Review by William S.
NATURE REVIEW OF THE IMAGE
A bird sticking its tongue out mat be a natural act. However, I think that the impact would be greater if the head were closer to the water drop.

SCORE N (Nature) 2-basic shot--no nature story

TECHNICAL REVIEW OF IMAGE
The bird’s tail feathers seem to be sharper than the head or eye. The contrast in colors really make the image pop and the red area also helps to frame the humming bird.

SCORE T (Technical Quality) 2-Average exposure color balance and sharpness

PICTORIAL REVIEW OF IMAGE
The overall image has more viewer impact from the color combination than from the humming bird. Still I like the initial impression of the image.

SCORE P (Pictorial Quality) 3-Excellent composition and impact

TOTAL BASIC SCORE 7


Review by Bogdan B.
NATURE REVIEW OF THE IMAGE
Anyway I see just a potrtrait.

SCORE N (Nature) 2-basic shot--no nature story

TECHNICAL REVIEW OF IMAGE
Sharp bird with blurred background. Maibe too sterile background seeming unnatural.

SCORE T (Technical Quality) 3-Excellent exposure color balance and sharpness

PICTORIAL REVIEW OF IMAGE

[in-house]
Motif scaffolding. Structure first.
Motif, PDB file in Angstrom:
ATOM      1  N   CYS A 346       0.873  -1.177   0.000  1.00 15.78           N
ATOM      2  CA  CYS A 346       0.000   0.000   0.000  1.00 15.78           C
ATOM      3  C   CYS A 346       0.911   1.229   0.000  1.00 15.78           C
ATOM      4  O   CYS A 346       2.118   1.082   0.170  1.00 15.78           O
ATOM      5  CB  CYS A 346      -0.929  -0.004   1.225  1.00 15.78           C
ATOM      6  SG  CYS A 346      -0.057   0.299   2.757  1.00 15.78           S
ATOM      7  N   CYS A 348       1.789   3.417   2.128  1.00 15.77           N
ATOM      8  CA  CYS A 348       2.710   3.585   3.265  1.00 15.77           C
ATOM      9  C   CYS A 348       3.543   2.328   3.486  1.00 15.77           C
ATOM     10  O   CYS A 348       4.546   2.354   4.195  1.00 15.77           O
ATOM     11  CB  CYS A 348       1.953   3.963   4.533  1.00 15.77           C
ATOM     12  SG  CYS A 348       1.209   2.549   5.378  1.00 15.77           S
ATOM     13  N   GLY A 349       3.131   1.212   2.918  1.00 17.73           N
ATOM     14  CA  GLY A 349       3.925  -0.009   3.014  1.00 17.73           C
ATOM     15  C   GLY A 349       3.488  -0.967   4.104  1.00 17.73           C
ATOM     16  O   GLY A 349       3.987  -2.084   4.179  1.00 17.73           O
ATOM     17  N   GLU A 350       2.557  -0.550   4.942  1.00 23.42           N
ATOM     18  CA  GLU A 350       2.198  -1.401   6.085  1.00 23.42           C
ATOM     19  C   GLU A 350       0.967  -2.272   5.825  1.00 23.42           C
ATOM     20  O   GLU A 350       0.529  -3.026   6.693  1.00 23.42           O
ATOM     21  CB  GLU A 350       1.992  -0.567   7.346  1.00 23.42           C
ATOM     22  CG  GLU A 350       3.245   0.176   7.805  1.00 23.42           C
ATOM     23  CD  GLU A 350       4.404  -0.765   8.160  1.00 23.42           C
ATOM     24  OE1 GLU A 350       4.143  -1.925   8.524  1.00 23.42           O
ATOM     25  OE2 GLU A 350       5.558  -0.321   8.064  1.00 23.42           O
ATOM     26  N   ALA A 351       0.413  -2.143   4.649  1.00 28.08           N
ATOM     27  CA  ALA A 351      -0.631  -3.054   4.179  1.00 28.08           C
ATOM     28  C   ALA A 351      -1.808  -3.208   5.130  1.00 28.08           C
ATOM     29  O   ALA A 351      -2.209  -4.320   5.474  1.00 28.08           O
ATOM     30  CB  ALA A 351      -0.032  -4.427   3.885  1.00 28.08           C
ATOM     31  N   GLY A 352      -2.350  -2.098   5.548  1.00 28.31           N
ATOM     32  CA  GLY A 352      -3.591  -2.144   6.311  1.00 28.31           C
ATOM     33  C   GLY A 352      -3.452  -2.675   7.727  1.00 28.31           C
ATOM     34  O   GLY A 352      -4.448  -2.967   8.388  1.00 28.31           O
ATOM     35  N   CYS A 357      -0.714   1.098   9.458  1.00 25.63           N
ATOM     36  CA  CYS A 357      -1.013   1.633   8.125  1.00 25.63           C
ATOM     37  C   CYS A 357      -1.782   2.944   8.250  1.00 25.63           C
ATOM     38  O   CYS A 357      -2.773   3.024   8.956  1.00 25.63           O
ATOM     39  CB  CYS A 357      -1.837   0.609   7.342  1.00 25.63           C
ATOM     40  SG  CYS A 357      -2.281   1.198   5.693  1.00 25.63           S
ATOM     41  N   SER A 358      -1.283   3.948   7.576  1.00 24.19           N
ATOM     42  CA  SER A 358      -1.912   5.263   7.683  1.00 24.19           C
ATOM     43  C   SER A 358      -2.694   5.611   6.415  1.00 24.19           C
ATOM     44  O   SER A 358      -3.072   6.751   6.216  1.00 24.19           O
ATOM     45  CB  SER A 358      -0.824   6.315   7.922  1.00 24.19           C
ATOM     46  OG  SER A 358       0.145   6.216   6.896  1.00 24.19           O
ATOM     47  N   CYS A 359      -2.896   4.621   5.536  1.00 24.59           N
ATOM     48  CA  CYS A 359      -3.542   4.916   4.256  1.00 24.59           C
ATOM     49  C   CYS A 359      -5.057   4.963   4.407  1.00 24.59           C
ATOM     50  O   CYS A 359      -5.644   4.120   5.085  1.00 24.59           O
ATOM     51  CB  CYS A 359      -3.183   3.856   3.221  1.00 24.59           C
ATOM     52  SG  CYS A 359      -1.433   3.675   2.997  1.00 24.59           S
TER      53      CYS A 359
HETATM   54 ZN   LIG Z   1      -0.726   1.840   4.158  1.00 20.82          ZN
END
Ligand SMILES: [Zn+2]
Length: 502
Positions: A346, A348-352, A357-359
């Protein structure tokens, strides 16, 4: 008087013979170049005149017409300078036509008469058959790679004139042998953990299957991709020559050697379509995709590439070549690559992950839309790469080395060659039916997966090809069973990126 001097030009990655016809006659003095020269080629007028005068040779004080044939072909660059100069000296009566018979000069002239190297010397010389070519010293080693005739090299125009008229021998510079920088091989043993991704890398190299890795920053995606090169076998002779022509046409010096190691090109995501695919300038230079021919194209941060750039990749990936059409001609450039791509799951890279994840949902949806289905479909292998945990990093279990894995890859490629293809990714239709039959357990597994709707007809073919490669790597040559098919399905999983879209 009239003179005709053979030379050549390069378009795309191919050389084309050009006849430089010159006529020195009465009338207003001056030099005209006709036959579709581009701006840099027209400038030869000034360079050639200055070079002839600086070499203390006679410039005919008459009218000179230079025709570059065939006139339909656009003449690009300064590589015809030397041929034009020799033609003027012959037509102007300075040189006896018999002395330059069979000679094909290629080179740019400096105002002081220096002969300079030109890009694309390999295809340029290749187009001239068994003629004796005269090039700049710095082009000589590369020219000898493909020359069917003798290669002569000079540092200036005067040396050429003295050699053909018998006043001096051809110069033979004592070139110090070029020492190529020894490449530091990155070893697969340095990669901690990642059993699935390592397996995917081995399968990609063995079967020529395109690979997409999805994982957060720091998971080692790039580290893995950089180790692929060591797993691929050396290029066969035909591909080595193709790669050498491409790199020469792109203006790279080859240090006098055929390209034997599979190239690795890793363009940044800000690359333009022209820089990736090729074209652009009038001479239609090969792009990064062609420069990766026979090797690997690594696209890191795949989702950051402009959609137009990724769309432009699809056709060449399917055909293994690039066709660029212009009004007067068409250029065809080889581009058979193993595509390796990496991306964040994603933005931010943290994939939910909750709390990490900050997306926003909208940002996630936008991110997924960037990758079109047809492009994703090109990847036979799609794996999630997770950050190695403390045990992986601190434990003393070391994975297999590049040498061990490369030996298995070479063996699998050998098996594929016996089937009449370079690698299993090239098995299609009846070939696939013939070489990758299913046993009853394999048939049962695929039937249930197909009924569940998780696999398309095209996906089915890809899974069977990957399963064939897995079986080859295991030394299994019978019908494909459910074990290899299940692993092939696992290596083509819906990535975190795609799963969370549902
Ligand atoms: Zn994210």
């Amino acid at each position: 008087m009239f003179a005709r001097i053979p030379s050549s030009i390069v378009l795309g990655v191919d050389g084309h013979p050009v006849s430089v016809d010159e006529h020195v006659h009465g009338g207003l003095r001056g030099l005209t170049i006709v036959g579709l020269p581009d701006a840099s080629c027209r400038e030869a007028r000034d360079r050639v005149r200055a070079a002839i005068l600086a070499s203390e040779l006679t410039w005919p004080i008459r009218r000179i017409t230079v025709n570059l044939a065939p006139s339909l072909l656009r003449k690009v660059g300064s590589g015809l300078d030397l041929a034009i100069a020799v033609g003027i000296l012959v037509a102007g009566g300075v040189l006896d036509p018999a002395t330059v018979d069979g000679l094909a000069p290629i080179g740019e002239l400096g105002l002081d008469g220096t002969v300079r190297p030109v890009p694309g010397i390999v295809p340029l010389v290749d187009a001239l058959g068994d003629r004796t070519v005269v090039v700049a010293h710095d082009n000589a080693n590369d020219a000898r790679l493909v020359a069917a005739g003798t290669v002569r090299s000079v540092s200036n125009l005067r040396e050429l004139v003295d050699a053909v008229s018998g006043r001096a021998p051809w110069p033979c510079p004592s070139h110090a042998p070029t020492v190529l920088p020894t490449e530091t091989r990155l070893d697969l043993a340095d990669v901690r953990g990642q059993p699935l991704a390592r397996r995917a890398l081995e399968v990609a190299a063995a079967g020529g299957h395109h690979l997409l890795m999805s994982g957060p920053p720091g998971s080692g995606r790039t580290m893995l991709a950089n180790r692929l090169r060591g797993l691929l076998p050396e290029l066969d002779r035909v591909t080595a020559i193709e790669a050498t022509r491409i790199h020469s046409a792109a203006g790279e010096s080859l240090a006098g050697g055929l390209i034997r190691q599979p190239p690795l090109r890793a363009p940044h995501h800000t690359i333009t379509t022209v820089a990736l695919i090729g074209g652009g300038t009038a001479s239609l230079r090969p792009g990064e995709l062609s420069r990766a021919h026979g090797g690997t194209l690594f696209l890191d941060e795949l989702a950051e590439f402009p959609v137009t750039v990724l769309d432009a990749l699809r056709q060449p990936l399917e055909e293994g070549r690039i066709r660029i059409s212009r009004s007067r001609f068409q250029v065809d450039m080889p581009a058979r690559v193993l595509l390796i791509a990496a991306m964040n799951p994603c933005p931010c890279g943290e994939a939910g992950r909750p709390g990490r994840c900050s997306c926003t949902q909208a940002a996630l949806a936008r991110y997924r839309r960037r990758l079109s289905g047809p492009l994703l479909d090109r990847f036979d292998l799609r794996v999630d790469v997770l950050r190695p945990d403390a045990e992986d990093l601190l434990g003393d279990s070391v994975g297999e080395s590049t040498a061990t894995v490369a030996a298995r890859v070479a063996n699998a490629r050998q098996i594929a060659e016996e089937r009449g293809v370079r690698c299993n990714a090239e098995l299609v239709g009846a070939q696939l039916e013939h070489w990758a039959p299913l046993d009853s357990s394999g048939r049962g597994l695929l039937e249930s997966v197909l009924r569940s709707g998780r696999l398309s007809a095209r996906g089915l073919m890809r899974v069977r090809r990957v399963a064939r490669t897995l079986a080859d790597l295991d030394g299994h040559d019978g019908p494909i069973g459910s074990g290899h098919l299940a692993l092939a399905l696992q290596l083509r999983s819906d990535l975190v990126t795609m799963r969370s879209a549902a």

Upper right red leaf is sistracting to me although it's impossible to remove.

SCORE P (Pictorial Quality) 2-Average composition and impact

TOTAL BASIC SCORE 7


NATURE REVIEW OF THE IMAGE
in a restrictive space with a long telephoto has its pros and cons. being a twitcher, you are rewarded with lovely new species in your kitty.

SCORE N (Nature) 3-positive nature story

TECHNICAL REVIEW OF IMAGE
except for the slight colour noise which only can be viewed when one enlarges and gosh! you have supplied a really high resolution image! however would you look in the petals as there is a o-shaped spot which may be in your camera / lens?

SCORE T (Technical Quality) 3-Excellent exposure color balance and sharpness

PICTORIAL REVIEW OF IMAGE
excellent is the placement of the bird and the love the colour balance.